Residents are able to get information and updates about the disease and its impact from social media and Chinese media, said Zhang. “If I want, I can get on the VPN and access international news and social media channels. Popular commercial apps in China all carry a special section for the coronavirus, so people are able to have the latest infection statistics and other information all in one place.”

While China had initially extended the Chinese New Year Public holidays, which meant that employers would have to pay workers, it was only a short-term solution. Smaller companies that cannot afford to continue paying employees may have to close if operations don’t resume soon. Migrant and factory workers could also be facing difficult financial situations, despite the government’s efforts to provide assistance.

For residents who now spend most of their time indoors, simple tasks like grocery shopping and entertainment also take on a new level of complexity. “We usually have some food. Supermarkets are open the whole time, so at least for us, there wasn’t a time that we ran out of food,” said Zhang. “We eat in and find ourselves entertainment at home. My phone carrier gave out 10G of free data for the rest of February the day before we were in lockdown. The cable company made loads of paid TV channels free. I have some books, but there isn’t much else to do. My father had to wait almost a month to get a haircut, which he finally got today.”

As the number of cases seems to level off in different areas, there is still some question as to when the lockdown will be lifted. “Where I am, there have been at least 10 days with no or one new infection; more people are being cured,” shared Zhang. “But I think people are mostly of the view that this period is very critical. If we reopen as soon as things start to calm down, the spread of the virus might go up again. Most of the factories and companies have resumed operations and public transportation has also resumed. Everyone is given a health code — a QR code that is green if you are healthy, orange if you have a history of quarantine and red if you are in quarantine. We use the green code to get in and out of pretty much everything in the city.

“The Wuhan and Hubei areas are still pretty much sealed. I don’t know when that will change. I think some people said April at the earliest. In other regions such as Hong Kong, things are not really being contained. It can take longer before travel restrictions can be lifted.”

The CDC has issued a warning for Americans to be prepared for COVID-19 to become a pandemic and several more cases have been identified in the U.S. Healthcare providers are advised to watch for people who recently traveled to China and exhibit a fever or respiratory symptoms. “If you have been in China or have been exposed to someone sick with COVID-19 in the last 14 days, you will face some limitations on your movement and activity. Please follow instructions during this time,” said the CDC advisory.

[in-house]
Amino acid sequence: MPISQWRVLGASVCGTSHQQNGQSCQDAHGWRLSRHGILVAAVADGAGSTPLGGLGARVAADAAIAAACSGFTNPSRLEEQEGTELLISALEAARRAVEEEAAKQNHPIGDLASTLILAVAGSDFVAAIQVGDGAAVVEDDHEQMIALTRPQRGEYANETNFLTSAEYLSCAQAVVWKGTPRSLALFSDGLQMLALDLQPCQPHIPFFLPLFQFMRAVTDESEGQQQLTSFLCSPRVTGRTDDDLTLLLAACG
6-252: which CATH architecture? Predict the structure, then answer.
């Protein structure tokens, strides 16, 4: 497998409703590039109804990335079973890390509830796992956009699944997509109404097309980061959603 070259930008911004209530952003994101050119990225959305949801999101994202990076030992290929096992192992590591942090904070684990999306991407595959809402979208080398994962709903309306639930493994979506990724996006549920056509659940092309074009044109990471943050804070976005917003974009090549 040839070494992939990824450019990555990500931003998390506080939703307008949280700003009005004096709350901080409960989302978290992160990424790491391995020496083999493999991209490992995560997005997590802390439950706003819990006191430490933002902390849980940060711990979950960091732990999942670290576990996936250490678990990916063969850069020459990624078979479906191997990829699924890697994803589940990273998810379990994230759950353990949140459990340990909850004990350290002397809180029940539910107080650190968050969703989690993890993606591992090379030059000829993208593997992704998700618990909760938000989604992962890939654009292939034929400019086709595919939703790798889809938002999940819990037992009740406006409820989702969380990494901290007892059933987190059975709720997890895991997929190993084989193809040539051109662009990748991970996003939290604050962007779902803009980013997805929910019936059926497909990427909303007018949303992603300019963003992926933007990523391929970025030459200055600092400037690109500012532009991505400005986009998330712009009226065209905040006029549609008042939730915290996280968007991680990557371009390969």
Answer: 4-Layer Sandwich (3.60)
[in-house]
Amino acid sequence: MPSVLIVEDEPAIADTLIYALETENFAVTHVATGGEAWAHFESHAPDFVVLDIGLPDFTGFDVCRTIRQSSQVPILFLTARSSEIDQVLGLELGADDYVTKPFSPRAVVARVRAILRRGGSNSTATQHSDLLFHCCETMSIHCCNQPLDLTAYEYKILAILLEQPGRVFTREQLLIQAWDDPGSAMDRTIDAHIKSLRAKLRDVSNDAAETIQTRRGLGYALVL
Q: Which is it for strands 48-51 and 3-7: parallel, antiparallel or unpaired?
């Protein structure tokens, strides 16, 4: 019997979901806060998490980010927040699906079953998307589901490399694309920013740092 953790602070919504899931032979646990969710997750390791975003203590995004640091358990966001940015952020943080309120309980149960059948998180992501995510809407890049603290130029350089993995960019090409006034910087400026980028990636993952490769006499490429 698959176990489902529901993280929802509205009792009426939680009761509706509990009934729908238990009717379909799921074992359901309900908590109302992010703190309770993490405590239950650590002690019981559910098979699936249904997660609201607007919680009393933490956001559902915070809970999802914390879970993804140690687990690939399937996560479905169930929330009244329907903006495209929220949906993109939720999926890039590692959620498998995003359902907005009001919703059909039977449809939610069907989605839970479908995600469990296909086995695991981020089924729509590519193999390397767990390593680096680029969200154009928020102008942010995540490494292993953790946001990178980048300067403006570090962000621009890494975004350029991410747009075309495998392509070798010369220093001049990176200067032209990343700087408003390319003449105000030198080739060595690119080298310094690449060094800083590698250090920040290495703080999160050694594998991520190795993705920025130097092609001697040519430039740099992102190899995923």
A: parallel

Communication and finding accurate sources of information are critical for businesses and individuals proactively working to minimize the threats for themselves and their communities. Friedman recommends that companies create active pandemic committees. These individuals may be part of a larger company crisis management team. She recommends providing flexible work options, such as allowing employees to work from home or travel during lighter traffic periods.

“Encourage people to stay home if they are ill,” she emphasized. Friedman shared that getting a flu shot is important because many people who have the flu go to emergency rooms or clinics for less serious issues and could pick up the coronavirus in those environments. She also advocated for the use of telemedicine capabilities for less serious issues to reduce further risk of exposure to the disease.

For employers trying to prevent the spread of COVID-19 among their workforces and protect employees from the threat, AON has developed a pandemic preparatory checklist for businesses based on information from the CDC and the Department of Health and Human Services (HHS). Some of the recommendations include:

  • Identify essential employees and other critical inputs required to maintain business operations by location and function during a pandemic.
  • Train and prepare an ancillary workforce.
  • Determine the potential impact of a pandemic on business-related domestic and international travel.